“Queer Eye” culture expert Karamo Brown on overcoming the fear of bringing your whole self to your personal and professional life.
Openly gay, black, a single father, and Christian — “Queer Eye” culture expert Karamo Brown unapologetically brings all parts of himself to everything he does. But the TV personality, producer, psychotherapist, and activist told Convene that he wasn’t always so open.
“Courage to be who you are is a process that you have to work at daily, that you have to practice daily,” Brown said in advance of his appearance on Jan. 7 at PCMA Convening Leaders 2019 in Pittsburgh. “I began practicing in middle school and high school, realizing that hiding parts of my identity … was not giving me the opportunity to shine and to stand out.”
Brown will discuss both his personal and professional experiences in sharing his whole self as part of his “Know Thyself: Using your Uniqueness to Create Success” session. He gave Convene a taste of what the audience can expect from him in Pittsburgh.
What’s the focus of your session?
I’m very excited to be joining everyone there. The focus is really [going to be] about how to use all parts of your identity to create the success you want in life. Oftentimes, we get into spaces where we dull who we are because we are scared that if people see us holistically and authentically as who we are, they will judge us or that we won’t be accepted. Psychology teaches us that when you hide parts of your identity, it’s harmful and can create emotional, mental distress because of the irrational fear of people’s approval, and you have to get over that in order to achieve all you can in life.
How will you fashion your message for a business events audience specifically, or is there no need to tailor it?
It’s the same. If you want to achieve in your career you need to understand that hiding parts of yourself is not going to help you succeed. You need to bring all parts of your identity to every board meeting, every interview, every creative brainstorm. You need to bring who you are holistically, because that’s where your power is. When you talk about what motivates people to want to interact with you, it’s not about your degree, it’s not about your qualifications. It’s about you and what you bring to the table. Those things are part of it, but you have to bring all parts.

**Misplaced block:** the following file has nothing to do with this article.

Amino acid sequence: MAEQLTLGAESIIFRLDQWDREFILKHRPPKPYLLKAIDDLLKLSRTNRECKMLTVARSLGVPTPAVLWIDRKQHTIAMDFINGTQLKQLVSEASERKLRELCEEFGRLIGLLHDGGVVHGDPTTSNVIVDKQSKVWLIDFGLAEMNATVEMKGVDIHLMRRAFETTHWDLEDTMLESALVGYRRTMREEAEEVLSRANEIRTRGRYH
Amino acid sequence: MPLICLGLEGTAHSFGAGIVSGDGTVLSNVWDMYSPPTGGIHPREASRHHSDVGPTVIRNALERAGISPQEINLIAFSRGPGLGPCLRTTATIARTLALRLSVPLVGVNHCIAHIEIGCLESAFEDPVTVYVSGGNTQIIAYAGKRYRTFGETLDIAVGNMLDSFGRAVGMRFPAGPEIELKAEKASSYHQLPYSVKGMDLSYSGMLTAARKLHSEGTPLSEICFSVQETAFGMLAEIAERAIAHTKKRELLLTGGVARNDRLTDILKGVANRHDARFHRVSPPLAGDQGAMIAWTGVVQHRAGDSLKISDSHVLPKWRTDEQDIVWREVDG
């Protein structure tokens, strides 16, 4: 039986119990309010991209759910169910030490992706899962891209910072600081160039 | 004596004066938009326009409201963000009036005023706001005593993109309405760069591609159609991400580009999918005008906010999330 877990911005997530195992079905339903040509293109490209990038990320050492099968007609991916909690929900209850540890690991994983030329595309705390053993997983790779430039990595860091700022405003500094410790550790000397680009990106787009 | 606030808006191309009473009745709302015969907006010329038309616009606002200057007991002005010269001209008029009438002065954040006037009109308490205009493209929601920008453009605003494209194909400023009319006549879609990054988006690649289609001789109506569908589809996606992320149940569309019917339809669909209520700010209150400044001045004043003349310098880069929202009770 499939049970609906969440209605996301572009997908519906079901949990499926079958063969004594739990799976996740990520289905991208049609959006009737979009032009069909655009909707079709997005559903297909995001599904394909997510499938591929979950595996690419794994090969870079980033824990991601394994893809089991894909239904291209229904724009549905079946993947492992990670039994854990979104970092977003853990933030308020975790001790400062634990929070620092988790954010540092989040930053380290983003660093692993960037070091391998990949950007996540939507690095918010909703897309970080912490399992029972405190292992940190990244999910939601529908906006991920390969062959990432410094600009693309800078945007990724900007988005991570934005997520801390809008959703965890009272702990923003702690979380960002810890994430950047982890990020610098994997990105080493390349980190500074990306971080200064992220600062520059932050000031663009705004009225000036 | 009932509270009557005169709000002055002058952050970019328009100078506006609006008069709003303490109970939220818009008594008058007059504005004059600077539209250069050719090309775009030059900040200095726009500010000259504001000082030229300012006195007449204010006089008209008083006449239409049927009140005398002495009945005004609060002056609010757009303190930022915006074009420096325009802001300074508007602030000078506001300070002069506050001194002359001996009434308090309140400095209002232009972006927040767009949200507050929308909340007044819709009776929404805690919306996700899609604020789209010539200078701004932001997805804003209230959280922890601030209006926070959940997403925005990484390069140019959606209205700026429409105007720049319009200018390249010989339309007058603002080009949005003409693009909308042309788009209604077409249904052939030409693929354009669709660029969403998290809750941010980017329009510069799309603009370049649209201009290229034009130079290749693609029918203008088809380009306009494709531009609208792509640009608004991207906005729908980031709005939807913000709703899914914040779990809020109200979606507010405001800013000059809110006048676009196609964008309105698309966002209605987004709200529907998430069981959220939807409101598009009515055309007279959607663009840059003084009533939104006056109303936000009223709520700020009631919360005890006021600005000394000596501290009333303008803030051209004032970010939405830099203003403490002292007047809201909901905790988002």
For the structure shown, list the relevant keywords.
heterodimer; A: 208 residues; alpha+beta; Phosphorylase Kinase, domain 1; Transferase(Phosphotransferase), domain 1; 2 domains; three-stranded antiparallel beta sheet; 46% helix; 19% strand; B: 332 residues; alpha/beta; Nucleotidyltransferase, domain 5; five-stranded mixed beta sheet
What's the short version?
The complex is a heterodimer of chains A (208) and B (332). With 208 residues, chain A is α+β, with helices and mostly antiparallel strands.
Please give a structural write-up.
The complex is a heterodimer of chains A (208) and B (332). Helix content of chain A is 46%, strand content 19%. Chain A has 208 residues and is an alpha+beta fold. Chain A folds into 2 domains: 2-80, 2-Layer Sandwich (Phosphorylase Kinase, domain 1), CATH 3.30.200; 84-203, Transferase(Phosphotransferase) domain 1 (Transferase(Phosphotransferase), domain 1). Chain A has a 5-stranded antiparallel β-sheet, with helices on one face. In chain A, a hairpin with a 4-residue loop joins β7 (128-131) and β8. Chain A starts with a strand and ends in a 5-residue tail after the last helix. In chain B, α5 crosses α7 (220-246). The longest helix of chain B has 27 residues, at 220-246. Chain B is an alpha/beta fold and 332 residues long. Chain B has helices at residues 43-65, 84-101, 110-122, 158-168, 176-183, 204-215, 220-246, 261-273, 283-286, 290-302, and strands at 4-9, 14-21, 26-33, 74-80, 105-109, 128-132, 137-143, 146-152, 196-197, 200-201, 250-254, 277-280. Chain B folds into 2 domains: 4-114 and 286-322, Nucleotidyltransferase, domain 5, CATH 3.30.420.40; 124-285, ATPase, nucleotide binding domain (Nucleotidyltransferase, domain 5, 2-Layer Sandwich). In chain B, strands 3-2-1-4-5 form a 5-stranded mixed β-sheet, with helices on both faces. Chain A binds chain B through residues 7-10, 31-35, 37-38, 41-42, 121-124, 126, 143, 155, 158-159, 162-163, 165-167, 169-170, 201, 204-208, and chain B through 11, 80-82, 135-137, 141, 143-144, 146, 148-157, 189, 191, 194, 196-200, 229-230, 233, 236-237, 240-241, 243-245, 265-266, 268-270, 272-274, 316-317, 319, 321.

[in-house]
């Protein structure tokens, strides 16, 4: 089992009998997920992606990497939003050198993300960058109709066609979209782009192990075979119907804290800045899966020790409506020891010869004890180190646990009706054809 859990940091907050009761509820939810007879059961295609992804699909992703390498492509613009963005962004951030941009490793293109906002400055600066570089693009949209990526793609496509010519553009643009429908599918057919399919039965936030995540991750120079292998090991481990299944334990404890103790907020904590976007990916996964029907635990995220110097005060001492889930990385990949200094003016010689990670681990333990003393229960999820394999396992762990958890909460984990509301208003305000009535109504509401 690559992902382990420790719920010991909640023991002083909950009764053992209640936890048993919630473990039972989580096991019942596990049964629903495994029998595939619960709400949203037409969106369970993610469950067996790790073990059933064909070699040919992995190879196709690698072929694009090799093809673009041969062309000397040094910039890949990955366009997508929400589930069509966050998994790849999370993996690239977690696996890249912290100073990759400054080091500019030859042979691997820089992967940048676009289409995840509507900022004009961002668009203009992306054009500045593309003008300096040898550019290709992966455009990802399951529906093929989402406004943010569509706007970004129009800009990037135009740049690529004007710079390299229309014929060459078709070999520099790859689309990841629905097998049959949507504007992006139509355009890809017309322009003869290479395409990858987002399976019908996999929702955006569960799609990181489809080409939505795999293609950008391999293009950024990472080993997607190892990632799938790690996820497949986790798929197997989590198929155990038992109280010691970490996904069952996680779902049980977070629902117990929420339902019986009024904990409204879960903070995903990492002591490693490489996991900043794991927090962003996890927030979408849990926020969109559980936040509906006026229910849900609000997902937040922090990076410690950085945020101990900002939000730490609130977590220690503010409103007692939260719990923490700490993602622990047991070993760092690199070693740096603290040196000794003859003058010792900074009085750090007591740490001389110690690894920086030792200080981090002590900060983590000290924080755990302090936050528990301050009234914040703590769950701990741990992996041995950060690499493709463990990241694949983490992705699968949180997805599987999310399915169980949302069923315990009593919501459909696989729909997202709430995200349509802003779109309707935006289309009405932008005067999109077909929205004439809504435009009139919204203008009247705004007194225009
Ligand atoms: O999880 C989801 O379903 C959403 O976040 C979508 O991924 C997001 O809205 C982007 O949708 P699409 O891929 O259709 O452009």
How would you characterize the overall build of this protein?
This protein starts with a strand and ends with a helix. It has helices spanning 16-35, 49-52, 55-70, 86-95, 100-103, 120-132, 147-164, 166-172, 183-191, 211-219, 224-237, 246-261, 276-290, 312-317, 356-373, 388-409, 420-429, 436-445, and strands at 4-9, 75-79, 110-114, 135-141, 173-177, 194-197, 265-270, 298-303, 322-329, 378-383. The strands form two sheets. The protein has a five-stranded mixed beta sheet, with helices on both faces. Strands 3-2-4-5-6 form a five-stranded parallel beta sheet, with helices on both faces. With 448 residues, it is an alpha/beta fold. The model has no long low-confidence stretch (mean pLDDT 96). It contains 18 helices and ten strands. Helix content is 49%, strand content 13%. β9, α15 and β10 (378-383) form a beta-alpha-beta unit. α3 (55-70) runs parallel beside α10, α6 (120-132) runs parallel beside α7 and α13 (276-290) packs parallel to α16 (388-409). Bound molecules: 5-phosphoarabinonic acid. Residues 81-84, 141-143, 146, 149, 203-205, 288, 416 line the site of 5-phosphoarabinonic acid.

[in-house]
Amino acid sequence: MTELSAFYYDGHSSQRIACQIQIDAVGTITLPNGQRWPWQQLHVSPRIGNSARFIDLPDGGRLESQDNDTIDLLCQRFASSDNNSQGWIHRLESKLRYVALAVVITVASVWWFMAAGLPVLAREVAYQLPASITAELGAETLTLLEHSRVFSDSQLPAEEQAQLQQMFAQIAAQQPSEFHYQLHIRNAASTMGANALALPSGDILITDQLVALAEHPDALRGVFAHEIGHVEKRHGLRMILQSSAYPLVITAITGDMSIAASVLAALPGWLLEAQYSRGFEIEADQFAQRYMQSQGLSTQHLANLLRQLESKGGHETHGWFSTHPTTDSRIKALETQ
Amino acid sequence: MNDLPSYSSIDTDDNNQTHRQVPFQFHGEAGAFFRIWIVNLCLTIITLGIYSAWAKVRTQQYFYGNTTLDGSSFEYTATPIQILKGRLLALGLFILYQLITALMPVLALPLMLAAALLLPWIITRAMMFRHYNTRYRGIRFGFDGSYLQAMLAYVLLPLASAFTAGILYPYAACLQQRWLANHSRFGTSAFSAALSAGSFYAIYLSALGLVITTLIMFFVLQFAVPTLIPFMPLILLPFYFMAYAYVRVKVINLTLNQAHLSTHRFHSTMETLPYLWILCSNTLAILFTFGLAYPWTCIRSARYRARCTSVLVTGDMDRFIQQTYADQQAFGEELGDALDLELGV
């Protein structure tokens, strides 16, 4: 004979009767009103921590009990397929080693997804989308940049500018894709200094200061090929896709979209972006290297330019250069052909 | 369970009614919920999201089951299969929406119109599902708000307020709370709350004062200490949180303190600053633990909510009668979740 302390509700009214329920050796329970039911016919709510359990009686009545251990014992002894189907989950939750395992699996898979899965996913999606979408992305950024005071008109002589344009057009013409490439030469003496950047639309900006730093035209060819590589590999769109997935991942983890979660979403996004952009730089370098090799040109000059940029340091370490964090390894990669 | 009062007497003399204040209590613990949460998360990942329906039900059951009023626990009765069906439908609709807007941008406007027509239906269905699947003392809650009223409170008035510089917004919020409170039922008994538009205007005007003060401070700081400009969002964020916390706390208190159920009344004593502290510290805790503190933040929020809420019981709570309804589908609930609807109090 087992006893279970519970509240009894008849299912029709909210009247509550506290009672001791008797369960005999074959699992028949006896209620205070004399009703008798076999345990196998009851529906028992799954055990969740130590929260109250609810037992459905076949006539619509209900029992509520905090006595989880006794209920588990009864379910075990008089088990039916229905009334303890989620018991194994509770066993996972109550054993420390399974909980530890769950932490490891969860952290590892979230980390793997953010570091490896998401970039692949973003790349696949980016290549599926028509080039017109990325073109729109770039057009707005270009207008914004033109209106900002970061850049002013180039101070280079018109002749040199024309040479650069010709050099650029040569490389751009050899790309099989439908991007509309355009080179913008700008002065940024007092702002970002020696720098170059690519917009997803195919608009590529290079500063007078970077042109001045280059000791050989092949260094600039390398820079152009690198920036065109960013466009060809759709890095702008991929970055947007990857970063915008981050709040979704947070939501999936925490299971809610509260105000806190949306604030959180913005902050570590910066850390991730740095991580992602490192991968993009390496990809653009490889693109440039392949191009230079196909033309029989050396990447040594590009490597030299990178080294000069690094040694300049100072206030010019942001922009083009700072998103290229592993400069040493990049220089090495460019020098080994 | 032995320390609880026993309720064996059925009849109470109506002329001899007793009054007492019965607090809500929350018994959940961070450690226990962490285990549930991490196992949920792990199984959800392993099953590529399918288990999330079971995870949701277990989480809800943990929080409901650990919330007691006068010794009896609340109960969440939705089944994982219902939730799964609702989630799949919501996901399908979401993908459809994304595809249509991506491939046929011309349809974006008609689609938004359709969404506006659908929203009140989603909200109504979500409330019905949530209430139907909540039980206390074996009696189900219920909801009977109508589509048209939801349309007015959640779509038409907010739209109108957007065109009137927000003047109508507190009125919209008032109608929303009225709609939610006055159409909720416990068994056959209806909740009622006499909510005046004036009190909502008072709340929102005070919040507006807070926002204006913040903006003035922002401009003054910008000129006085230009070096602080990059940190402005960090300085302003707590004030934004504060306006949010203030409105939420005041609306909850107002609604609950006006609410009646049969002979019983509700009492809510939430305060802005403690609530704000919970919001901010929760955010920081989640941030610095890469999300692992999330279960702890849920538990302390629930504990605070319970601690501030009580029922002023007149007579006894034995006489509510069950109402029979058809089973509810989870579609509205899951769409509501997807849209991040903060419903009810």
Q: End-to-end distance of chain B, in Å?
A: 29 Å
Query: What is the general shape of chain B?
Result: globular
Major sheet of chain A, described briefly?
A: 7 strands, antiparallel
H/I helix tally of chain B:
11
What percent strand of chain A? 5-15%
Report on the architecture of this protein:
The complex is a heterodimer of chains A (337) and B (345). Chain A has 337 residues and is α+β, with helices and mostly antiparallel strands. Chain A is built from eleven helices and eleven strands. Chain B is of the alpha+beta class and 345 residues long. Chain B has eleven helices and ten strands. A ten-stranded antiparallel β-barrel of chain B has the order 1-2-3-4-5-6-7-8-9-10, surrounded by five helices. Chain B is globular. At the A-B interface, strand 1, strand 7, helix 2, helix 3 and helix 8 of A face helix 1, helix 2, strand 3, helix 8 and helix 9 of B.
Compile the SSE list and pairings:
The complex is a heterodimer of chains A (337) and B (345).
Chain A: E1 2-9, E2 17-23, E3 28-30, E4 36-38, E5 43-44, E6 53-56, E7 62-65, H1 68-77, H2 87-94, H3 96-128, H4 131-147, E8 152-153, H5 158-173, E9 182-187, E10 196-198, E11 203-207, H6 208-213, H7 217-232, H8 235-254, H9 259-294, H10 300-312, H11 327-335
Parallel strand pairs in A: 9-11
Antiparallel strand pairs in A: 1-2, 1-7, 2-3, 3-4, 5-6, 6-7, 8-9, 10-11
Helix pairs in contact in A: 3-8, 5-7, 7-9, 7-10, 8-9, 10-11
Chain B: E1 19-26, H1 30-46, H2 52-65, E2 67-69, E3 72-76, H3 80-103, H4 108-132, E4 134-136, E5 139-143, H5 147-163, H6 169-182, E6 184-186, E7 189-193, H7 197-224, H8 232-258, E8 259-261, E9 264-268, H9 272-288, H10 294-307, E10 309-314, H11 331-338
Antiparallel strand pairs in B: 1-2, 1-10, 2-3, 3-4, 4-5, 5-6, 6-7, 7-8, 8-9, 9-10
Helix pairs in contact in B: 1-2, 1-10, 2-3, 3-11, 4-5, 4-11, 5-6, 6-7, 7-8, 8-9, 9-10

Do you have any advice on what to do if, after you bring your full self to a situation, you get a bad reaction?
Well, I don’t want to give the speech fully away. … But all these things come up. There are voices in your head [saying] it’s okay not to bring yourself fully. It’s the way that you’ve been taught. All of these things are going to be challenged and critically thought about [in the session]. The audience can walk away and understand that they do have the power to create the life they want by showing up holistically.
When did you begin to know yourself?
It’s been an ongoing journey, and I think that’s the key thing that people will also learn. This is not something that happens overnight. … To this day, any time that I feel challenged by that [feeling], I have to work against it by making sure that I don’t hide a part of myself, but understand that it’s a benefit.
Your session description, even though it doesn’t mention diversity and inclusion specifically, seems to tie in to those issues.
Oh, it’s 100 percent tied together. The words “diversity” and “inclusion” aren’t specifically being said, but bringing every bit of your identity to the forefront is the definition of diversity. It’s saying that I have diverse experiences, I am different from you and it’s okay if I bring all of those pieces of me into each room, so that we can succeed together as business leaders.
PCMA’s Ascent program promotes diversity and inclusion in the business events industry. How does diversity and inclusion lead to social transformation?
It’s through visibility. Once I see someone in a position [of power], it lets me know that I have an ability to do the same — and that’s key. My self-esteem, my mental health won’t believe that I have the power if I don’t see somebody [with power]. It takes a lot of courage to be the first, but once there is one, there will be many more. I think that’s why it’s very important. … It is not okay to have [spaces] that do not include people of different ethnic backgrounds, sexual orientations, gender identities.
You’re filming Season 3 of “Queer Eye” now. What can fans expect?
A lot more! A lot more tears, a lot more laughter.
For more information on Brown’s and other sessions, visit conveningleaders.org.
Curt Wagner is an associate editor at Convene.